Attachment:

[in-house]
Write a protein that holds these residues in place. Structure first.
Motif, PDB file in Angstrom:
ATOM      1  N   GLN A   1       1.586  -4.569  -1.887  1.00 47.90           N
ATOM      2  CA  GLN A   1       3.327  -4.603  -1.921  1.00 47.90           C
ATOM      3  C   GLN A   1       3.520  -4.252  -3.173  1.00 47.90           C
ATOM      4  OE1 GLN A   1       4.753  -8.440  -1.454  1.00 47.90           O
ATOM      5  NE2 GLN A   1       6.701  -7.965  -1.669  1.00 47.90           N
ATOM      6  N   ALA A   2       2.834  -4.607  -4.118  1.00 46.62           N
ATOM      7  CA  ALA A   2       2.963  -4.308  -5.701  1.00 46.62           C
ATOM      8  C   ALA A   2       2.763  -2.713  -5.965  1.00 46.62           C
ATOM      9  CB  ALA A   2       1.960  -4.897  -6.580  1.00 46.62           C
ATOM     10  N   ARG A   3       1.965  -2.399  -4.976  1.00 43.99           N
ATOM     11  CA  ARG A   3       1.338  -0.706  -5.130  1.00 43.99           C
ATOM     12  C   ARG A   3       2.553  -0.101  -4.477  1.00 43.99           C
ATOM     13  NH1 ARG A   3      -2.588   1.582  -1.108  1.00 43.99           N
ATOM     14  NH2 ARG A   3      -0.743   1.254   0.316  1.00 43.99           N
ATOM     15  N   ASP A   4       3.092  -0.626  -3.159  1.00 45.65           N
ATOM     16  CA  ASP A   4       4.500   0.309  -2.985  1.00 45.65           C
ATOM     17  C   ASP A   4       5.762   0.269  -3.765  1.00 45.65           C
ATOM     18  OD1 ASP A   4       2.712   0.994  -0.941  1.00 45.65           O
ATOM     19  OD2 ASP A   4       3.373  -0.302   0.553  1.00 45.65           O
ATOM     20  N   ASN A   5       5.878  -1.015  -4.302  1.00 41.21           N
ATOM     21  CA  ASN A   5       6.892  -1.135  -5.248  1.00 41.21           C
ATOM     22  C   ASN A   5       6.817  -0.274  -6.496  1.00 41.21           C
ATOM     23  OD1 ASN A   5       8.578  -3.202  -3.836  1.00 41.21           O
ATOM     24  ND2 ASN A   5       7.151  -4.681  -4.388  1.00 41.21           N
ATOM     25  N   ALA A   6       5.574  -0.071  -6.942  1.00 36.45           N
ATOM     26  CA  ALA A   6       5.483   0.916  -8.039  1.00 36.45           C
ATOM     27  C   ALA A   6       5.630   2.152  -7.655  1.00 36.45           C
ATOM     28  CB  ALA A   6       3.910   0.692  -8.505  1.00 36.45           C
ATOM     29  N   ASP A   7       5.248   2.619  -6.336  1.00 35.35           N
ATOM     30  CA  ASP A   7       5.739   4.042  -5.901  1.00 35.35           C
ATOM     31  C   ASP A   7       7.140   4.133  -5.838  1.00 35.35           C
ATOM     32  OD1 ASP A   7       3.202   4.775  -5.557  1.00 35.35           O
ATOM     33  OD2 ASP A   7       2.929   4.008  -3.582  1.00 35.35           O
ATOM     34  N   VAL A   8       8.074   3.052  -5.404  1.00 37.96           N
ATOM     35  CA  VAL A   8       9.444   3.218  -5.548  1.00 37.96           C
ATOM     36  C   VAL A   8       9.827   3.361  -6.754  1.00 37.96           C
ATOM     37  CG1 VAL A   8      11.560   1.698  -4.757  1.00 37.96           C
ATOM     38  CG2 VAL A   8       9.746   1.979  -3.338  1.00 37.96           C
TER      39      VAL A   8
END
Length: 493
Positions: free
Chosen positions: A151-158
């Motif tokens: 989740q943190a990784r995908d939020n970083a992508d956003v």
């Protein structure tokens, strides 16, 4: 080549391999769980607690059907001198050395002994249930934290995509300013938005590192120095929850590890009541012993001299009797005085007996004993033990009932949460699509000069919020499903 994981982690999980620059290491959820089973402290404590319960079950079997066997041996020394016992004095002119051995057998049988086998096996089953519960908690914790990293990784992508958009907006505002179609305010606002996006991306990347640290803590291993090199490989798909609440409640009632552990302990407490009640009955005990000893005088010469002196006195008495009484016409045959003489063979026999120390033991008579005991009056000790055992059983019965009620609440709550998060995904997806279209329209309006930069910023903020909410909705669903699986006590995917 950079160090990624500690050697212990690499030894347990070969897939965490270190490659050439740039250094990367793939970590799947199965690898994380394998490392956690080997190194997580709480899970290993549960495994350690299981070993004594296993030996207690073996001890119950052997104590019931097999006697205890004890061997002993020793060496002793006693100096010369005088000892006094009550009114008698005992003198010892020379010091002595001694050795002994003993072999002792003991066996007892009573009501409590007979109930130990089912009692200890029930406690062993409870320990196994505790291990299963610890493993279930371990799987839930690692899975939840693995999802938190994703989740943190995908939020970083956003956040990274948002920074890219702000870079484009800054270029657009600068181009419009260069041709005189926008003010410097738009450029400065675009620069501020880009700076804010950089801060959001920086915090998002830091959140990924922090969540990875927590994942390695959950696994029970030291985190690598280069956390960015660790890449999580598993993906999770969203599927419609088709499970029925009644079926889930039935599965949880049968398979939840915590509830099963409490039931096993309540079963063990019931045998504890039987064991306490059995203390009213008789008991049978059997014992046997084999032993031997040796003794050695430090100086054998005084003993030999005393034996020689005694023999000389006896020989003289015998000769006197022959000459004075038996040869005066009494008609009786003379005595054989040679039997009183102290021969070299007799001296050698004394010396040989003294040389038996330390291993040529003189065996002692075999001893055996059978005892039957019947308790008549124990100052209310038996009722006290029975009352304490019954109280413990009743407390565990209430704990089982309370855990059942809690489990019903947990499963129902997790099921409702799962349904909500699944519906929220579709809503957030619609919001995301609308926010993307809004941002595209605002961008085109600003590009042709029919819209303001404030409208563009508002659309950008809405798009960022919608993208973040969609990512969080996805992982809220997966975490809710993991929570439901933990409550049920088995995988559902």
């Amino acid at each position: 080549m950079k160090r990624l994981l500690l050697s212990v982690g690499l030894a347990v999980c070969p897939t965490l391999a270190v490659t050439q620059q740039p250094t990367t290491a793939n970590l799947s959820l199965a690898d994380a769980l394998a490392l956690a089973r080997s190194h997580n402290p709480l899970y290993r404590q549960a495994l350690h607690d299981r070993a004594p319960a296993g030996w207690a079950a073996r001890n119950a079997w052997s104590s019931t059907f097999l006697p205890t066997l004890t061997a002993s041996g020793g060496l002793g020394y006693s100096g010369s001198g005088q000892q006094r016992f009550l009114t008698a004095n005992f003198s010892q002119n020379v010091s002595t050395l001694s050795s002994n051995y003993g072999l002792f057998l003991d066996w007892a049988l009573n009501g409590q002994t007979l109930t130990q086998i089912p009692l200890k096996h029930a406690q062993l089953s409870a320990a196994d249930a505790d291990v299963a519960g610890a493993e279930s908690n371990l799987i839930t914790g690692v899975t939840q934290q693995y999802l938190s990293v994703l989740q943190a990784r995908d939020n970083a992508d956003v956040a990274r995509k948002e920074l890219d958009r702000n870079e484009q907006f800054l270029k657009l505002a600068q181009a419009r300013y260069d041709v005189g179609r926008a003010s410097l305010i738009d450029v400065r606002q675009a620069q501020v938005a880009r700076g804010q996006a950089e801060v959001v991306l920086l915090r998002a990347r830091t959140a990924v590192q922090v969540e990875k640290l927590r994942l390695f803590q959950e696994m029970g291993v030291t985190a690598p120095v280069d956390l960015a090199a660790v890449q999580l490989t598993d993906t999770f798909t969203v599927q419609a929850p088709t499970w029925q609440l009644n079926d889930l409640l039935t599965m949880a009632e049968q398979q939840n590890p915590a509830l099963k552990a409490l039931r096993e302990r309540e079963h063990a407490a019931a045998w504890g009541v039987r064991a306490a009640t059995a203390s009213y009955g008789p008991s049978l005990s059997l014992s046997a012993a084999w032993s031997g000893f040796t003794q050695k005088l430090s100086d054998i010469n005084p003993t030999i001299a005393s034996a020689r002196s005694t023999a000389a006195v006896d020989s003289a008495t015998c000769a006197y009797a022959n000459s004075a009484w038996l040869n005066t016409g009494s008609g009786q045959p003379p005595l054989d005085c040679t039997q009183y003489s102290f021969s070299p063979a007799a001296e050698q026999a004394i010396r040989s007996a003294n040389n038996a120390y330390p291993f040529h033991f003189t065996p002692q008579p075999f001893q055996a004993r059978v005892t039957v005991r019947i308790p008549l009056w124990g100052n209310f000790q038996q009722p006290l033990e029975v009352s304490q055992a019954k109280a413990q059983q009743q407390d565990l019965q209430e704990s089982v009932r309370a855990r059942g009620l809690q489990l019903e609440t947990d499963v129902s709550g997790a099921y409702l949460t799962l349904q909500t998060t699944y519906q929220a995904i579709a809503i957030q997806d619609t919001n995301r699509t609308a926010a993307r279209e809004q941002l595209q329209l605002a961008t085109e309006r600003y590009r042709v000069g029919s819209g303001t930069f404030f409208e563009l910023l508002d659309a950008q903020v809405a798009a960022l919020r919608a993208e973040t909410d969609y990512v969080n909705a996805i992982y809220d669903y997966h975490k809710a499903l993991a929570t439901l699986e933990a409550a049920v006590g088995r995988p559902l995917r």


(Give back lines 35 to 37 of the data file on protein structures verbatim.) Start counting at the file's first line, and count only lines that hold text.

ATOM     32  OD1 ASP A   7       3.202   4.775  -5.557  1.00 35.35           O
ATOM     33  OD2 ASP A   7       2.929   4.008  -3.582  1.00 35.35           O
ATOM     34  N   VAL A   8       8.074   3.052  -5.404  1.00 37.96           N